1. Try to select one text that provides some well-reasoned information to ground the discussion and one text that is less objective for critical analysis. Often one text can satisfy both criteria.
2. Read, watch, or listen to your texts very carefully, preferably more than once.
2. Think about what you want to get across to your classmates.
- What were the most important ideas in each of text? Consider focusing on what you found to be the most insightful.
- How do the texts relate to each other? Does one reading shed new light on the other? What questions do they raise about each other?
- Does some aspect of a text flawed or lack objectivity? Consider helping the class to discover the author's implicit agenda, biases, assumptions, inaccurate information, and/or fallacies.
- Note details of the texts that elicit a strong emotional reaction. These details are likely to touch on some powerful personal biases and/or assumptions in the reader. Consider trying to uncover these.
- Consider helping the class to identify the implications of the ideas in the texts and/or the implications of criticizing the texts.
3. Carefully consider your objectives for discussion.
- Do you want students to apply newly learned skills, mull over new subject matter, learn to analyze arguments critically, practice synthesizing conflicting views, or relate material to their own lives? These goals are not mutually exclusive, but they require different types of direction.
- Use discussion to help students link concepts to their own lives; to encourage students to evaluate material critically; and to address topics that are open-ended, have no clear resolution, and/or can be effectively addressed through multiple approaches.
- Provide students opportunities to "warm up" through small group mini-discussions, brief (one- to five-minute) in-class writing exercises on the topic, and/or a short homework exercise prior to the session that focuses students on the topic(s) to be covered.
- Consider using a variety of question types such as exploratory, relational, cause and effect, diagnostic, action, and hypothetical thought experiments.
- Refer to the Guide to Critical Thinking and—if you are stuck—ask the instructor for advice.
4. Once you have decided what you want to convey, think about how you want to convey it.
- Think about what method might get your ideas across best. Do you want to divide the class into small groups for discussion? Can you think of a role playing assignment that would get people to think about different perspectives of an issue? Do you want to give a short introduction and then moderate a large-group discussion?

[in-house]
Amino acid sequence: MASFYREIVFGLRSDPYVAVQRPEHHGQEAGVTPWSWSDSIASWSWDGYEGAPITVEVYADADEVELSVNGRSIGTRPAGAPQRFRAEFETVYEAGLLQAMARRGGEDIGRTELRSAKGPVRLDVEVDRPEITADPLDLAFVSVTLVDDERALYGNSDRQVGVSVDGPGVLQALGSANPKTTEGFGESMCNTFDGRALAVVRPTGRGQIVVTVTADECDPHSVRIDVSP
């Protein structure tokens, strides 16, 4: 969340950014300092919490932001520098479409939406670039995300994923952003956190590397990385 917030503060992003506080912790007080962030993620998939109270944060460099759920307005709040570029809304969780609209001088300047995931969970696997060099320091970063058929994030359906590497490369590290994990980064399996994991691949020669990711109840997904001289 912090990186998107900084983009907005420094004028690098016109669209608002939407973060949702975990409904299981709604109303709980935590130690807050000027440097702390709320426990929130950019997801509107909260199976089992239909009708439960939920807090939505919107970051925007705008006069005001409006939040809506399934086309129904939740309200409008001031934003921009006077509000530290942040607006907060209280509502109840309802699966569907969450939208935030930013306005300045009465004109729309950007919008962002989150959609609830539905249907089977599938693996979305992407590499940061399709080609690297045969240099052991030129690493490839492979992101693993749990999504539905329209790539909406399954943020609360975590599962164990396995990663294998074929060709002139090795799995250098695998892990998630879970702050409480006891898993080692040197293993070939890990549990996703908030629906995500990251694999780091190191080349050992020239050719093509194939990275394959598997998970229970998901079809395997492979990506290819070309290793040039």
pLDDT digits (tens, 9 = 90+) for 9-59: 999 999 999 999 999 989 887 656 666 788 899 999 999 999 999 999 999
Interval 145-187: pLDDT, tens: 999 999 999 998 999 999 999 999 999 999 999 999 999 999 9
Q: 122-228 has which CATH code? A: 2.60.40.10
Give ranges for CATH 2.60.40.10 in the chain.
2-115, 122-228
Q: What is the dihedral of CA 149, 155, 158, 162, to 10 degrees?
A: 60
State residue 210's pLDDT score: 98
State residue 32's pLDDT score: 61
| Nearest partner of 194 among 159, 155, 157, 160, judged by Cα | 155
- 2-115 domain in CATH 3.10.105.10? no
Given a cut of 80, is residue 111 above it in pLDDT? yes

- Read Dr. Stephen Brookfield's excellent compilation of classroom discussion formats you may wish to try.
- The Cult of Pedagogy Blog offers some interesting ideas that might get you inspired.
- Some students have created surveys for the students to answer before or during class. Make sure this will be appropriate and useful before choosing this option. Sometimes surveys add value, other times they don't. You have many free online options for surveys before class, but for surveys during class I recommend Poll Everywhere.
5. Decide how you want the class to prepare.
- Carefully craft the Key Ideas and Quiz questions to focus students on essential information.
- Craft critical thinking discussion prompts that get students thinking about your own interests. Your enthusiasm will help carry the discussion.
- Devise a short homework Activity to help focus student preparation on your goals. Some ideas:
- Ask students to explore a personal assumption. For example, "What is the purpose of a prison and who is sent there?"
- Ask students to adopt specific points-of-view. For example, "How would a conservative and liberal politician frame this issue?"
- Sentence completion is an open-ended tool for critical thinking. For example:
- "What most struck me about the text we read to prepare for the discussion today is…?" [Uncover assumptions and biases]
- "The question that I'd most like to ask the author of the text is…" [Evaluate information and/or arguments]
- "The idea I most take issue with in the text is…" [Challenge personal assumptions or uncover flawed reasoning]
6. Decide how you want to divide up the tasks involved in leading the discussion. Will one person give the introduction, and the other(s) ask questions? Will you each take charge of parts of the class in small groups, then meet as a whole and discuss comparative conclusions the second half of the class time? Do you want to split up the readings each person is responsible for leading discussion about, or do you want to share responsibility jointly for all of them? (In any case, ALL of the leaders should understand ALL of the texts thoroughly.)
7. Prepare selected passages—quotes, statistics, or other examples—from the texts to interject to stimulate discussion since anyone can respond to a passage. It's better to be overprepared and only discuss 25% of what you planned than to have nothing to talk about and awkward silence.
8. On your template, provide the instructor with a succinct and clear explanation of your agenda. Plan for part of this to be your introduction that will start the class session.
9. Using the Template as a starting point, prepare organized notes about what is going to be said/done (by you or someone in the discussion group), and in what order instead of relying on flipping through your highlighted readings looking for the interesting parts. Prepare to be flexible and allow a few moments here and there for the unexpected turns mentioned in the last point.